“However necessary punishment may be in word of caution, to leave off sentimentalising, pages; but it must be next Saturday.

the army, and that it is necessary is beyond a more especially about rockets and cannon-balls, doubt, still I have ever been of opinion that to relinquish' his addiction to grandeur of

punishments whereby the delinquent is debased, language, and a too general redundancy of The Military Bijou ; or, the Contents of a and held up as a public object of derision and epithets. We have retrained from particular.

Soldier's Knapsack : being the Gleanings of laughter, are injurious. The act of such dis- ising, and shall regret if our advice does not Thirty-three Years' Active Service. By grace is a positive detraction from the respect- obviate these defects, and lead him henceforth John Shipp. 2 vols. 12mo. London, 1831. ability of the military profession. No soldier, to study a style more becoming. His object Whittaker and Co.

whatever his offence, ought to be degraded as should be to write as the plain, straightforward Our readers, we do not doubt, will remember a common vagabond. What can reflect more soldier ; in which case, the adventures of his the Autobiography

of John Shipp. We trust discredit on the British soldier than the lower life will not fail to supply literary occupation that, in recalling to their recollection the nar- ing spectacle of tying a rope round his neck, and emolument to himself, while it affords rative of his life, we shall not fail to create a

a placard pinned upon his back, facings and to the public amusing illustrations of the prejudice in favour of the Contents of a Soldier's buttons cut off, and the Rogue's March played soldier's habits and hardships. Knapsack.

A series of desultory sketches, after him? I say it is a degradation to the written in some parts with humour, in others honourable profession of arms, and a constitu: The Talba ; or, the Moor of Portugal: a with good feeling, will, we fear not, with all tion boasting of its freedom and humanity. If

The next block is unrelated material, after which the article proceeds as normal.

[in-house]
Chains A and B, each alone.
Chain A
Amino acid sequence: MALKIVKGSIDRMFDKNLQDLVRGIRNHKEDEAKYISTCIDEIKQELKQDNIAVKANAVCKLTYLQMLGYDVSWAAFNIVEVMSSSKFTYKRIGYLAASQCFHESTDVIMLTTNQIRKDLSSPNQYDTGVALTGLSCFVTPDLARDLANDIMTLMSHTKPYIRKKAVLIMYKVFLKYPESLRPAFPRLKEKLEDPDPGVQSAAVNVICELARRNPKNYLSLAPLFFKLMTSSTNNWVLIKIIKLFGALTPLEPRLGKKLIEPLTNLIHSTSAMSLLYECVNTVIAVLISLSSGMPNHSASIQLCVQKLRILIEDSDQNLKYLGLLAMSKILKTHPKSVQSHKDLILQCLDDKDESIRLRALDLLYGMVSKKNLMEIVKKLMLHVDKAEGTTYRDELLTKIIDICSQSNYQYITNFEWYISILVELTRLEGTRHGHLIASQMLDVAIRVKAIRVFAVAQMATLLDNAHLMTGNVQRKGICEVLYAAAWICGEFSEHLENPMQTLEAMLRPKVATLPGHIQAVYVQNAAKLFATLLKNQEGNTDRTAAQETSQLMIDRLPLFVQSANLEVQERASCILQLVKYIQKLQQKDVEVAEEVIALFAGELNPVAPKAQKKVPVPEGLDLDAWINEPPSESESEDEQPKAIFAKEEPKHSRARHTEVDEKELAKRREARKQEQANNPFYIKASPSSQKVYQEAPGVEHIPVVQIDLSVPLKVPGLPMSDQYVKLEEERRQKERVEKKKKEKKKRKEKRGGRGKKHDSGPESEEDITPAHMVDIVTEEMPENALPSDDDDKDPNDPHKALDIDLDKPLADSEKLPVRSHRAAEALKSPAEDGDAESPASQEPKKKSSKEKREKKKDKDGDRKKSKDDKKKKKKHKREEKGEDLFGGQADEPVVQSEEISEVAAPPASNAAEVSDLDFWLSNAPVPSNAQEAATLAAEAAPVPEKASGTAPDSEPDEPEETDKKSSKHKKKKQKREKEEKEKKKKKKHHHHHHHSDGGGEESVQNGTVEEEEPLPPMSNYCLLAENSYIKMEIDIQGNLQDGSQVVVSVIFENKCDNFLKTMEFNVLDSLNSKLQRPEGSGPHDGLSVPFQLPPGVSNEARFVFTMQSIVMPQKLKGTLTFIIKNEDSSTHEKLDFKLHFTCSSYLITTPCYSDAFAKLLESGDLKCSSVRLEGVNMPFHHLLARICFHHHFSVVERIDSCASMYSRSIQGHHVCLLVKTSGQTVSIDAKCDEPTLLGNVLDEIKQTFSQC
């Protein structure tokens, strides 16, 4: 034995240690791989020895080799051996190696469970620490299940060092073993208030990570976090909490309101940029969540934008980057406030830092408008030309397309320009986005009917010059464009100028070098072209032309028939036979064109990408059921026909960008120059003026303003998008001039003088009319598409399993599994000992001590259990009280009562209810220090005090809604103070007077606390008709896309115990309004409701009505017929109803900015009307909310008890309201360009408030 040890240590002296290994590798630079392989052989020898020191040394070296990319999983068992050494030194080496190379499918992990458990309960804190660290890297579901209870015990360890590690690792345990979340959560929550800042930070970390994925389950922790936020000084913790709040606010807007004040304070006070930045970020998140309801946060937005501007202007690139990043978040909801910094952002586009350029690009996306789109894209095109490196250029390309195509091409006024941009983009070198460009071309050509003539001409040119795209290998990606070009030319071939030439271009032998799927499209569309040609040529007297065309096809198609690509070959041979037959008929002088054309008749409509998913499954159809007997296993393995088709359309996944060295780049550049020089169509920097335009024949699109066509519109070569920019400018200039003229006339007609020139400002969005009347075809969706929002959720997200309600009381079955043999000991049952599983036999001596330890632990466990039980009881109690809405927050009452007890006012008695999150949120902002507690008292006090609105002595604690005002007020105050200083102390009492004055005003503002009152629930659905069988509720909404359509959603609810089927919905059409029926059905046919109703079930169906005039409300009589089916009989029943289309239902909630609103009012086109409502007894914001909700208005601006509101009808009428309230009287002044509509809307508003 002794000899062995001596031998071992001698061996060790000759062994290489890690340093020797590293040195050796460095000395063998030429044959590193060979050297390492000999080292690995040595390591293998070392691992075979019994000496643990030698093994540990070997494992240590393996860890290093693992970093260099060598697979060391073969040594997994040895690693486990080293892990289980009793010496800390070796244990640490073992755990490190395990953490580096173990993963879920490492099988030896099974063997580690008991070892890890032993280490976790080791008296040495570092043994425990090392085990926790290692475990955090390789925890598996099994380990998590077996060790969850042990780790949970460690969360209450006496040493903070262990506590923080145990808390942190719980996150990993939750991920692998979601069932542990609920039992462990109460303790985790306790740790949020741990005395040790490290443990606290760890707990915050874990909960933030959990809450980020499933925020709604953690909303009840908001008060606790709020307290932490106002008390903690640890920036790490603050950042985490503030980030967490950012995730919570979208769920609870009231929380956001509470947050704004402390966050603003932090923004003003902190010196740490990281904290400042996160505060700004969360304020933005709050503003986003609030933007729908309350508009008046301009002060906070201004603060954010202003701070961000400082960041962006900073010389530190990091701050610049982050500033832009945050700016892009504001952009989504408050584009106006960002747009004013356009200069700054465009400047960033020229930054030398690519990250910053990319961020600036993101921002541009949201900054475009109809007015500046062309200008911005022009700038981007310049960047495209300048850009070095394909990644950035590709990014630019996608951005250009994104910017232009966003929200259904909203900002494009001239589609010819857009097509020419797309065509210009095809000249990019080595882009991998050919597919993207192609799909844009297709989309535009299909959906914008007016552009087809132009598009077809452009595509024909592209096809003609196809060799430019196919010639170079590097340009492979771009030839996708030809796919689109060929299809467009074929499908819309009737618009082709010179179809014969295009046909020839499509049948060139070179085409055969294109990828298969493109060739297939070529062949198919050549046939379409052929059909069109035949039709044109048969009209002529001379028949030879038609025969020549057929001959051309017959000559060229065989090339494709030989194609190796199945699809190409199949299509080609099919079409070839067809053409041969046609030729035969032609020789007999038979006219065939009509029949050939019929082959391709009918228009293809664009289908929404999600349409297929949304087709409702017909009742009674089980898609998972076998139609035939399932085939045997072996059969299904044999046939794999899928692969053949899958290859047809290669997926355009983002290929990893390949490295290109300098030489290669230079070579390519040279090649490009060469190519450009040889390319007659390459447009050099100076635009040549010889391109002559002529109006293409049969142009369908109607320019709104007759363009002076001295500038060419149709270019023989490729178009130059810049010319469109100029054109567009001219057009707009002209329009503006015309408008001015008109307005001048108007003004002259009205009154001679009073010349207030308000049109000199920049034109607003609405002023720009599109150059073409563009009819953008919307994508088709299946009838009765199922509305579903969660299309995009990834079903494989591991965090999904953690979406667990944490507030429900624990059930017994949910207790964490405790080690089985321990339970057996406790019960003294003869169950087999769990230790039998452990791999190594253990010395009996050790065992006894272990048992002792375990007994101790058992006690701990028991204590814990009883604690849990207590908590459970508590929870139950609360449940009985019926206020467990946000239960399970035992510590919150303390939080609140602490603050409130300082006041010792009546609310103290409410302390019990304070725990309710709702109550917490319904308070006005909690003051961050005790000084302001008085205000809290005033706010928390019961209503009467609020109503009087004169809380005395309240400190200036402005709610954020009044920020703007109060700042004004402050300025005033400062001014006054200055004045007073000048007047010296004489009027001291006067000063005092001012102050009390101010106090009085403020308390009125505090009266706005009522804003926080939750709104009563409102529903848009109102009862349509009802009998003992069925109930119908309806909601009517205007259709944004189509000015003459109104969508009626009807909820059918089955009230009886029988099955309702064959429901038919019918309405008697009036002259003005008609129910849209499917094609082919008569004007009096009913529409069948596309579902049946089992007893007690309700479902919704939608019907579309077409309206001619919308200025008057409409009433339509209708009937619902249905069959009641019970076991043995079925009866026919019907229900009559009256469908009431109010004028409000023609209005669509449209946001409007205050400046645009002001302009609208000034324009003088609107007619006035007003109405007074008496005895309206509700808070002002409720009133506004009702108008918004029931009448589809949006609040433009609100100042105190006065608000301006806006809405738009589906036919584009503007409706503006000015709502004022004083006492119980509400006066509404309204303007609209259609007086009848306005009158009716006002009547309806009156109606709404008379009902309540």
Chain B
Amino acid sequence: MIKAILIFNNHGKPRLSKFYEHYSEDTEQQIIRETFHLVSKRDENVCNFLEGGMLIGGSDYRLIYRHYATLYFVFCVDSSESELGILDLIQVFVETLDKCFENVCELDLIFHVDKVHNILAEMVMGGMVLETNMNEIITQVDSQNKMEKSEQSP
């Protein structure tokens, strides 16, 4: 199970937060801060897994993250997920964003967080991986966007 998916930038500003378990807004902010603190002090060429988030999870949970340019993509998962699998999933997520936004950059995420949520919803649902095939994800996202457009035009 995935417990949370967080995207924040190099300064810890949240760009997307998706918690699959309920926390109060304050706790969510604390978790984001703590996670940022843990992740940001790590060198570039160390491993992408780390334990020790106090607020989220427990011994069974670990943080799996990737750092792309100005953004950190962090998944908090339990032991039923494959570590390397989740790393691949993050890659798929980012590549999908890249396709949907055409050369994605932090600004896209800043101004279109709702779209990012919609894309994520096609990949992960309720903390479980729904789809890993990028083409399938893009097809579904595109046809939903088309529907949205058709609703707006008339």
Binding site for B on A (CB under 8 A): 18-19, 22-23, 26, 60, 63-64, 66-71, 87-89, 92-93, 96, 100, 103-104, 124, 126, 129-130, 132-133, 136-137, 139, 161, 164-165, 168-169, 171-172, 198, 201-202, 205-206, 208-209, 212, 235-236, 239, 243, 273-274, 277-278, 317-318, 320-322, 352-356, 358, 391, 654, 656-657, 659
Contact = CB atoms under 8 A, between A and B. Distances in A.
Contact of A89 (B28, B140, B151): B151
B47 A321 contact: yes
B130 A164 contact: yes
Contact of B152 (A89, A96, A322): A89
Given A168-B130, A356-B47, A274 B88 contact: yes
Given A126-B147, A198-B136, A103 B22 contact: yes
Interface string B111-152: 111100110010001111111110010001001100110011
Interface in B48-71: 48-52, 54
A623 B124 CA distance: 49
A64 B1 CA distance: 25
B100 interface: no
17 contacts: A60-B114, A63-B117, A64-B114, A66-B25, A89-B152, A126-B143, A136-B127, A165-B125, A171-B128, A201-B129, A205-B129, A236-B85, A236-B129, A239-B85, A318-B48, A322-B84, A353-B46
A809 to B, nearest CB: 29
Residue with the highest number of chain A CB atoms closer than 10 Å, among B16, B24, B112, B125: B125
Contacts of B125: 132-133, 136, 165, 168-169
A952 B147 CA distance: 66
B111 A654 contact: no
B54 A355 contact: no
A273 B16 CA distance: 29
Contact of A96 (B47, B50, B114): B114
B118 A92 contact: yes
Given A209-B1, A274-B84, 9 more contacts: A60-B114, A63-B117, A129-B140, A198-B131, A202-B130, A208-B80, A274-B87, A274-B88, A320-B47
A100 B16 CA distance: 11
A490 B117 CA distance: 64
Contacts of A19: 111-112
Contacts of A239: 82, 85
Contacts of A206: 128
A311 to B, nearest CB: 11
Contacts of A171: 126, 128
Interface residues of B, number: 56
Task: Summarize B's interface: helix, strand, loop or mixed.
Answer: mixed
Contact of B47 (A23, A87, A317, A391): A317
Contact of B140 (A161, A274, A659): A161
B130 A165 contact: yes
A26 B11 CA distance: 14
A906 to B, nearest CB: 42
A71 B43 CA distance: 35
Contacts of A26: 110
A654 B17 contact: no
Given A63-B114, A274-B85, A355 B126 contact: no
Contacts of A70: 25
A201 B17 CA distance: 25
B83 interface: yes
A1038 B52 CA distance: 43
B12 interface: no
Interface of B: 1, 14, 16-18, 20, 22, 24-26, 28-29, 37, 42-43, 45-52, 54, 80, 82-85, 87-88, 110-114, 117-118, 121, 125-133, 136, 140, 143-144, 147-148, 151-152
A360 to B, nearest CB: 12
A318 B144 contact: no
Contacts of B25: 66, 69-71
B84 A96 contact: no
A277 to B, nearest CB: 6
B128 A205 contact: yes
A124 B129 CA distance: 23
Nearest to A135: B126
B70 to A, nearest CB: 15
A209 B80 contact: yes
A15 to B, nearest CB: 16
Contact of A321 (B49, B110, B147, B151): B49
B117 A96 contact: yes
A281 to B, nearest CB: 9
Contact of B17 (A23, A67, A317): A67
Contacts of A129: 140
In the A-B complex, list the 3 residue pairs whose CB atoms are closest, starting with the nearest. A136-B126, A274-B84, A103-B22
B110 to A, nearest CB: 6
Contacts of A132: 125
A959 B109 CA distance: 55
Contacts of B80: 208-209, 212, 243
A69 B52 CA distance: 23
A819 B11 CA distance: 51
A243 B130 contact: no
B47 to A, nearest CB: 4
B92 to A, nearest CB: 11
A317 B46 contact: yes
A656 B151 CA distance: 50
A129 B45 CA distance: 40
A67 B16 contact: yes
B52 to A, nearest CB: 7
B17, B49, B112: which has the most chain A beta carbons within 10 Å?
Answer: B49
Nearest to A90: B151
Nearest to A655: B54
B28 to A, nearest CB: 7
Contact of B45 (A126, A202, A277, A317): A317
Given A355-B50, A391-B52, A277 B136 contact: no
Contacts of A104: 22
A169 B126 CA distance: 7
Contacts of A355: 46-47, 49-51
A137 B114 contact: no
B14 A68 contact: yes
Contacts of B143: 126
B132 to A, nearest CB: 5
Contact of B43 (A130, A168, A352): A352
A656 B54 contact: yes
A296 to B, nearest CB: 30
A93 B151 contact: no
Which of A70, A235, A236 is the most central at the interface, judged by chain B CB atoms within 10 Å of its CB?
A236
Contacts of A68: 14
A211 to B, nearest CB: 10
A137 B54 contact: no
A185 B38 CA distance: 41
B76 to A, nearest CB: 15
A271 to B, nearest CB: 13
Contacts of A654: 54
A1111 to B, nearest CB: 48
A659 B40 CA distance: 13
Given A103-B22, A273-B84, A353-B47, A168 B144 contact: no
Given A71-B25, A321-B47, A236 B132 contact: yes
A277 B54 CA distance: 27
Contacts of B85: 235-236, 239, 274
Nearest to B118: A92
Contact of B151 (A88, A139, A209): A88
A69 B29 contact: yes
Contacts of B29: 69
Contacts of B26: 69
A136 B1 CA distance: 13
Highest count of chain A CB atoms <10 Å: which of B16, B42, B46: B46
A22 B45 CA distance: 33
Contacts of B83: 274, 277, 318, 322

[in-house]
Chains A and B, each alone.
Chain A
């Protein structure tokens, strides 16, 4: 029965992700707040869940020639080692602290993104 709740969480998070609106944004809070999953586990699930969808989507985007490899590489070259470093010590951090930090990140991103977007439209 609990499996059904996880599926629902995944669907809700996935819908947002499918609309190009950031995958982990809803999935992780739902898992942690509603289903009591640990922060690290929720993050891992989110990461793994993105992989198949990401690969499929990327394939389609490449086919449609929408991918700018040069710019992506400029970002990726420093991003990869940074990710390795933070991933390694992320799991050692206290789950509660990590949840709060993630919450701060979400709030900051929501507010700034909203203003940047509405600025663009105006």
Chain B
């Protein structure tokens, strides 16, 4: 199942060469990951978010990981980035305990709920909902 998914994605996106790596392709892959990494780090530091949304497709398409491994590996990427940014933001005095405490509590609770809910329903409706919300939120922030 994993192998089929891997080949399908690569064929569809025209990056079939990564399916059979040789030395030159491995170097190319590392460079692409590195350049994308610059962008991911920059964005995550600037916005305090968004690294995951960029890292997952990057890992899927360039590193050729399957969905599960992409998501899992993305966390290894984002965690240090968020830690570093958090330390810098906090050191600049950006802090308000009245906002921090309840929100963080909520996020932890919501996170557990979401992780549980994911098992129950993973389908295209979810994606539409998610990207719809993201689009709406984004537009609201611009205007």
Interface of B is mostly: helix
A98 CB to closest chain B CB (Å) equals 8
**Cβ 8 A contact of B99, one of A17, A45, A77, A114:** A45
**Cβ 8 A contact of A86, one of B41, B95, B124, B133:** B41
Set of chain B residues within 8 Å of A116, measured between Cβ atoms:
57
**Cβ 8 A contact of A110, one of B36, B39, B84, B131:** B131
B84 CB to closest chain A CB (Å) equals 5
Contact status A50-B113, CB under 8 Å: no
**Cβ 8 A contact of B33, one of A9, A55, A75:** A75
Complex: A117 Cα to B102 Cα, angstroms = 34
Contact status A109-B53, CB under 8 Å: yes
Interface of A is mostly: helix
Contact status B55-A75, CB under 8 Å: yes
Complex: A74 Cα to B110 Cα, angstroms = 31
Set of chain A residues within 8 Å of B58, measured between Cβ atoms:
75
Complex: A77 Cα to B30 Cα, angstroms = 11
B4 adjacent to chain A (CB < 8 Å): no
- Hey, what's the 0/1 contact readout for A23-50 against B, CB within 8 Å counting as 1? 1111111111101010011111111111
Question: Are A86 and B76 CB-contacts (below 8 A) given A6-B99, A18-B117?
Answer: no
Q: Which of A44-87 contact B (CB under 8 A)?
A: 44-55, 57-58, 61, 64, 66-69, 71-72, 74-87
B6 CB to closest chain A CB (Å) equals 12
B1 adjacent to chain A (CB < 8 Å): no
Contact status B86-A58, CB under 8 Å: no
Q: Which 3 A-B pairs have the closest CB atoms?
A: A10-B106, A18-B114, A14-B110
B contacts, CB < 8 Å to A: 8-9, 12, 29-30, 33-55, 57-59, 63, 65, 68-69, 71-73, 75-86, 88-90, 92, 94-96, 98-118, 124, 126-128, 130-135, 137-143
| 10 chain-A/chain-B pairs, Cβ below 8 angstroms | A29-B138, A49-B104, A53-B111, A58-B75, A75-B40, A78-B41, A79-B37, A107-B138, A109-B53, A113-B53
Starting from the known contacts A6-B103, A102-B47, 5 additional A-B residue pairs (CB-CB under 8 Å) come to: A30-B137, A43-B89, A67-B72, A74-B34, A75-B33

Romance. By Mrs. Bray, author of " the but the hypercritical, meet with a kind word he, the culprit, merits this, he falls beneath

White Hoods," &c. &c. 3 vols. 12mo. and a welcome. The frankness and candour the cognizance of the service, and ought to be

London, 1830. Longman and Co. of our author's preface battles the designs of transferred to the civil authorities, and there The melancholy and romantic history of the censure, and conveys the broadest hint that his crime be provided for ; but never should he unfortunate Ines de Castro is here well wrought John Shipp does not write wholly and solely be the public gaze or jeer. It is a death-blow into a chronicle of Moorish history. The for literary fame, of any man we remember to to many a young man entering into the service; Talba is a Mahometan expression, similar in have met with :

for very often, and, I fear, too often, the crime meaning to that of philosopher: Mrs. Bray has “ But this is a critical period for becoming so visited is petty thest, which the civil law made a very picturesque personage of hers ; an author ; any attempt in the form of a book would punish with a couple of months at the and she has also succeeded in giving considerhaving so much to apprebend, so much to tread-mill."

able action and interest to her narrative. The dread, in the present march of intellect,'

Ilanging Soldiers.

following scene is an animated sketch of a where there are so many spies and critical However expedient and necessary exem- combat to which a young Moor is condemned. sentinels standing upon the watch-tower of plary punishments may be deemed in the army, * All was in readiness. Alonso cast a look literature, to resist the approach of every new to check mutiny or curb the rebellious spirits on Hamet, in which there was something less adventurer, as if he were an enemy. But 1 of soldiers, and nip crime in the bud, every severe than his usual expression :- Art thou am like him who sits with a craving stomach one, on deeply considering the circumstances prepared ?' said the king, Ay, for life or by the side of a brook, watching, with eager combined with hanging, will recoil at it. It death!' replied Hamet. • Then God be thy eye, the nibbling of every little fish, on the detracts from the respectability of the profes- judge, young man,' said Alonso, as he raised hooking of which depends his dinner. If he sion; it casts a black cloud over it, putting his arm and gave the signal. The trumpet did not cast in the bait, he could not expect soldiers on a level with the lowest and veriest gave one clear and hollow blast. It curdled to catch any fish; if I did not attempt to delinquents of the earth. If a soldier deserves the blood; for it sounded like the kuell of write, I, like him, should have no dinner." death, let him die like a soldier, not like a death, to all but the obdurate of heart. Ere